The official version on the causes of the incident at the Matanzas Supertanker Base states for now that the fire there it was declared around 7:00 PM on Friday, August 5, when lightning struck one of the facility’s fuel storage tankswhich was later described by the authorities as an “accident”.
By coincidence, On May 25, another electrical discharge would have impacted the outlet line of the Antonio Guiteras Thermoelectric Plant.located just two kilometers from the point where the biggest petrochemical disaster in the history of Cuba has just occurred.
That event, also accidental according to the authorities, caused the abrupt disconnection of that power plant from the national electrical system, and with it, the worsening of blackouts on the island.
Reporting on this event, the journalist from the official radio station Radio Rebelde, José Miguel Solís, pointed out that the electric discharge hit “the lightning rod of the Guiteras starting line. According to what workers who witnessed the event told us, the lightning struck the lightning protection equipment, but such was the force that it destroyed the lightning rod.”
On that occasion, the event did not go further and the Guiteras once again transmitted energy to the national distribution system. But, Is it by chance that two such similar events occur in such a short period of time in locations so close to each other? Aren’t lightning rods sufficient protection for industrial facilities that are so strategic for the economic vitality of a country? Shouldn’t the lightning strike in Guiteras serve as a warning to review the safety protocols of all the surrounding industries?
Based on these questions, it is worth asking if the current disaster could have been avoided. Because warnings is what has been left over in Matanzas in the last four years.
In October 2018, the official Cuban press reported two oil spills in the bays of Matanzas and Cienfuegos. Coincidentally, the first occurred at the Supertanker Base itself, when a breakdown during the unloading of a fuel shipment caused the spillage of about one hundred cubic meters of fuel into the bay.
As a result of these events, which involved a long and laborious operation to clean up the remains, the Government announced that it would install containment barriers in the places most vulnerable to oil spills.
The importation of such protection elements was announced by Miguel Díaz-Canel during a meeting in which he requested that “places where fuel is handled have adequate containment barriers and all the conditions that allow immediate action are created.”
At the meeting itself, the Minister of Science, Technology and the Environment, Elba Rosa Pérez, said that the Ministry of Energy and Mines “already foresaw in its plan the importation of means of protection, including the barriers that will be placed in the most vulnerable sites.
It is unknown if such protection elements exist and fulfilled their function during the recent incident in Matanzas.
Other sites in the same province have suffered accidents of this nature, not at all common a few years ago on the Island. Thus, in October 2021, a gas and oil spill during a repair maneuver at Pozo Yumurí 201, very close to the coast and with accumulated years of exploitation, forced the erection of barriers so that the spill would not reach the sea.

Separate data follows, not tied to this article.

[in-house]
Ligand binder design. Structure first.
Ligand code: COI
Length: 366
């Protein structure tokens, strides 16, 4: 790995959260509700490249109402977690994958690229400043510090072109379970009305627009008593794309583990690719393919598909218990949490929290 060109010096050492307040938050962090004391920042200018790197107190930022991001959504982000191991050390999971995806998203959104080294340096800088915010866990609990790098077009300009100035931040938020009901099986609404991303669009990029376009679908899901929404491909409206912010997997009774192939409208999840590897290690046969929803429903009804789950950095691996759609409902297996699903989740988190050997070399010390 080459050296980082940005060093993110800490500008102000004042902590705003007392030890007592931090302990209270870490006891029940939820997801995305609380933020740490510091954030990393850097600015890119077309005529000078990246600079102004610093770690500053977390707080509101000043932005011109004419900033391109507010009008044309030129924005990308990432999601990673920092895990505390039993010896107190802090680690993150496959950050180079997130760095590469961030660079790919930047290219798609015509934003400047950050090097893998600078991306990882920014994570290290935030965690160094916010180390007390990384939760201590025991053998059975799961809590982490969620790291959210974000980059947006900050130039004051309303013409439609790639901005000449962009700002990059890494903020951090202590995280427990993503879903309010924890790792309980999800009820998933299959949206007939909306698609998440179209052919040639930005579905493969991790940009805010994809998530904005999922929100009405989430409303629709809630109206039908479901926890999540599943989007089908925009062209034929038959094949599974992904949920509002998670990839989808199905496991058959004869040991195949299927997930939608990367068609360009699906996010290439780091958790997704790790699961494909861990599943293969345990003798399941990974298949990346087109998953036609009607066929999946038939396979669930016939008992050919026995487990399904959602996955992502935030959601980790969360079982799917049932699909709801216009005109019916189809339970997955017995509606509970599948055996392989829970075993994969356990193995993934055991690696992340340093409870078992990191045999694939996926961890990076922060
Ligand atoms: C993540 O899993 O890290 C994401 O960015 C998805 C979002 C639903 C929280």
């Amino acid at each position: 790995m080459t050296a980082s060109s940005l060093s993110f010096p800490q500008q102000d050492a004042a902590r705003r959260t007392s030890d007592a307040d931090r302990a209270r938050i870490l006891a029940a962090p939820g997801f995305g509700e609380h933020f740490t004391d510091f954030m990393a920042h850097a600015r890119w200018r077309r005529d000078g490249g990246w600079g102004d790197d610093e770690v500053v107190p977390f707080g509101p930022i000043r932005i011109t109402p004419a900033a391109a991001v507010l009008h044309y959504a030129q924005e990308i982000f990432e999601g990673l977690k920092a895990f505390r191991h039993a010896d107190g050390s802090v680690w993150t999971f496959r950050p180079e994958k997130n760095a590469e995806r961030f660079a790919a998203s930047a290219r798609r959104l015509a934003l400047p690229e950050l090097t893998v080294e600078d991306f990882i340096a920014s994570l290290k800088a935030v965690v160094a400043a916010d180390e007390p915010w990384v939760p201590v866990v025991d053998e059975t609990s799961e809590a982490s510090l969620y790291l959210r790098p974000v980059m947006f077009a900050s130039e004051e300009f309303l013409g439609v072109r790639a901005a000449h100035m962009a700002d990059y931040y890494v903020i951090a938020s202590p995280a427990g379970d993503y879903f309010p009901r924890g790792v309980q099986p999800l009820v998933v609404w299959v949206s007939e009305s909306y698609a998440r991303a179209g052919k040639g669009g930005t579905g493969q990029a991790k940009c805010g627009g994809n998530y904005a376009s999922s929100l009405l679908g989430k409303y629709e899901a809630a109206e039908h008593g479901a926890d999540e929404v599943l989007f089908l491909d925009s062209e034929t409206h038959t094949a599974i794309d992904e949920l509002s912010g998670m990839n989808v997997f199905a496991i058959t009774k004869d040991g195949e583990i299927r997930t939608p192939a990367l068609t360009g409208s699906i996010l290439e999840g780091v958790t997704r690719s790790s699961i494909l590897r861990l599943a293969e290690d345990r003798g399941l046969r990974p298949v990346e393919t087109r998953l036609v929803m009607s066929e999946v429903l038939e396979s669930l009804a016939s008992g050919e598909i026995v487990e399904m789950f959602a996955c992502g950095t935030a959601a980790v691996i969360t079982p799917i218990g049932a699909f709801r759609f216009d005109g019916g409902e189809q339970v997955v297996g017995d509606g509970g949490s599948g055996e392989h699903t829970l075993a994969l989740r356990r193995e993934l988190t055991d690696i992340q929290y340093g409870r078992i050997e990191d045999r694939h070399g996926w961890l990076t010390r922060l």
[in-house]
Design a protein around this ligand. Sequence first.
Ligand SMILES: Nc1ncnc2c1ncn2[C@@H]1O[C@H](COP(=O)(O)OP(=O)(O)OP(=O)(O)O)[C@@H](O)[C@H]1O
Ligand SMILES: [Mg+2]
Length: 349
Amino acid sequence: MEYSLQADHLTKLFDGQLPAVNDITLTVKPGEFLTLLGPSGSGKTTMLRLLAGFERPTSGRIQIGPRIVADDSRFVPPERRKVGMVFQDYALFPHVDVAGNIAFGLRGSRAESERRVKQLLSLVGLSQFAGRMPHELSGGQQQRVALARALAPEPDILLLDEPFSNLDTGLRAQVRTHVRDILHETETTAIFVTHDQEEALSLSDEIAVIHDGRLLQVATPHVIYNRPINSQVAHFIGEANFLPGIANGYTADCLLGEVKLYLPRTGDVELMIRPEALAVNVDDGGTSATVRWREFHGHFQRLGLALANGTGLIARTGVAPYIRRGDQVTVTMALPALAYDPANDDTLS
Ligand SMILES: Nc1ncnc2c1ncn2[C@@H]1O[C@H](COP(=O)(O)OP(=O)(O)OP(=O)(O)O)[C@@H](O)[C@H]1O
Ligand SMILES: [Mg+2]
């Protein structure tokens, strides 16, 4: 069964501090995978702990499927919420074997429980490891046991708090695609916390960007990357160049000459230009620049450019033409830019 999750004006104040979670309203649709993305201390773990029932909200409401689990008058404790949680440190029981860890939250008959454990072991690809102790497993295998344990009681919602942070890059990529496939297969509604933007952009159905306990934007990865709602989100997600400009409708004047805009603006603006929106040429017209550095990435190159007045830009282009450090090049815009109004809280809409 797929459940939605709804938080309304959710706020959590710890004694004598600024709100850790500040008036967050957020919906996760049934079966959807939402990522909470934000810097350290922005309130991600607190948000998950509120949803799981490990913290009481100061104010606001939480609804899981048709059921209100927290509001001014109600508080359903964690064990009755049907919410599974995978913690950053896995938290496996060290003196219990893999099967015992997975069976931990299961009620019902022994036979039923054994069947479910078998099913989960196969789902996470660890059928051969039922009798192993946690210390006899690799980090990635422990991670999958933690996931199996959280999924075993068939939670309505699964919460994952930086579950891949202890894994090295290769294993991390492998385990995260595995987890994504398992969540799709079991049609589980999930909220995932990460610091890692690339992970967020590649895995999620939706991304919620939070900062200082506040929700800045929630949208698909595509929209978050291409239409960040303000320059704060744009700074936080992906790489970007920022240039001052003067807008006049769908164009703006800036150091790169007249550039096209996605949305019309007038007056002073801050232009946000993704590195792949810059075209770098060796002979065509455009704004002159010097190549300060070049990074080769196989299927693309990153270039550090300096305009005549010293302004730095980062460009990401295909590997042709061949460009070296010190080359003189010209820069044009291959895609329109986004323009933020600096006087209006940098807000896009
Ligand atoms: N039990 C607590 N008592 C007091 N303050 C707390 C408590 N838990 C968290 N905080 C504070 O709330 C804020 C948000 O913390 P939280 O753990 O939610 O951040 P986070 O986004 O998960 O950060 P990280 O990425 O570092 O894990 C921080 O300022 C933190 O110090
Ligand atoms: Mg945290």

The state-run Cuba-Petroleum Union (CUPET) said then that “as a result of the increase in pressure, the joint of the valve installed in the upper part of the well collapsed, which caused the spill of gas with water and oil to the surface.”
In July of the same year, dozens of residents of Varadero were evacuated due to an “alarming spill” of fuel on a town avenue. The authorities later said that there were no damages to the beach of the largest resort on the island or to the Bay of Cárdenas.
In June 2021, approximately 20,000 liters of fuel ended up in rivers after the collapse of a fuel container belonging to the Transportation and Mechanization Services Company (Tranzmec) in the Matanzas municipality of Limonar.
And in April 2019, a breakdown in the Jesús Rabí sugar mill affected the streets of CalimeteMatanzas town, with the spill of 268,000 liters of oil. As a result of that event, the inhabitants of the place complained about the contamination with which they have to live.
“Many houses here have their own wells for water supply and there are already several neighbors who complain that they cannot consume that water because it is contaminated with oil,” said Lázaro Puentes, a resident of Calimete.
For her part, a neighbor who preferred not to identify herself, considered that the event occurred due to negligence and lack of maintenance of the plant. “That tank was in very poor condition, no inspections go to the plant and at this time it is grinding. People here have complained everywhere and this is not new, because it’s been decades since fuel has leaked into the ground,” he said.
In view of that bouquet of antecedents, Is it credible that the Super Tanker Base had all the operating conditions that would have prevented a disaster like the current one? Will there be an official report this time about what happened and concrete measures to prevent something like this from happening again, or will we be facing another alleged accident that is the result of chance and, therefore, likely to repeat itself sooner rather than later?